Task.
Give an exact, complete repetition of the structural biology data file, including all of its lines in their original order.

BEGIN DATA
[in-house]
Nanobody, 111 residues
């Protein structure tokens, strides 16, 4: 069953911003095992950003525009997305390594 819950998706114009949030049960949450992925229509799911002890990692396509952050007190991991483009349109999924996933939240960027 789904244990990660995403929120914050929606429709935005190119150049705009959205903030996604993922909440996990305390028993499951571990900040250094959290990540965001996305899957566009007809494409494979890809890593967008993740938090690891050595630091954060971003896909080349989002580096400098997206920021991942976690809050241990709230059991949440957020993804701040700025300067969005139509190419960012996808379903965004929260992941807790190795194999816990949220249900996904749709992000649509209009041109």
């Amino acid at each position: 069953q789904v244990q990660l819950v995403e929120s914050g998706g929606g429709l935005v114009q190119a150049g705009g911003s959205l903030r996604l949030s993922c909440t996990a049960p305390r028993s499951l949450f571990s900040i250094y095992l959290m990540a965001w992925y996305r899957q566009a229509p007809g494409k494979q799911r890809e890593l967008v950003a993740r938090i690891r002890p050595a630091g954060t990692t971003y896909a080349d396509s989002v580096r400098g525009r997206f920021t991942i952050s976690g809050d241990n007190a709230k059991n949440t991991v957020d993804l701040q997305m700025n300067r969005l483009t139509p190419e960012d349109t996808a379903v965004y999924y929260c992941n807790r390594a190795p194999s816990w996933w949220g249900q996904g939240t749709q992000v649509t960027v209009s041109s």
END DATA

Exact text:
[in-house]
Nanobody, 111 residues
């Protein structure tokens, strides 16, 4: 069953911003095992950003525009997305390594 819950998706114009949030049960949450992925229509799911002890990692396509952050007190991991483009349109999924996933939240960027 789904244990990660995403929120914050929606429709935005190119150049705009959205903030996604993922909440996990305390028993499951571990900040250094959290990540965001996305899957566009007809494409494979890809890593967008993740938090690891050595630091954060971003896909080349989002580096400098997206920021991942976690809050241990709230059991949440957020993804701040700025300067969005139509190419960012996808379903965004929260992941807790190795194999816990949220249900996904749709992000649509209009041109």
């Amino acid at each position: 069953q789904v244990q990660l819950v995403e929120s914050g998706g929606g429709l935005v114009q190119a150049g705009g911003s959205l903030r996604l949030s993922c909440t996990a049960p305390r028993s499951l949450f571990s900040i250094y095992l959290m990540a965001w992925y996305r899957q566009a229509p007809g494409k494979q799911r890809e890593l967008v950003a993740r938090i690891r002890p050595a630091g954060t990692t971003y896909a080349d396509s989002v580096r400098g525009r997206f920021t991942i952050s976690g809050d241990n007190a709230k059991n949440t991991v957020d993804l701040q997305m700025n300067r969005l483009t139509p190419e960012d349109t996808a379903v965004y999924y929260c992941n807790r390594a190795p194999s816990w996933w949220g249900q996904g939240t749709q992000v649509t960027v209009s041109s």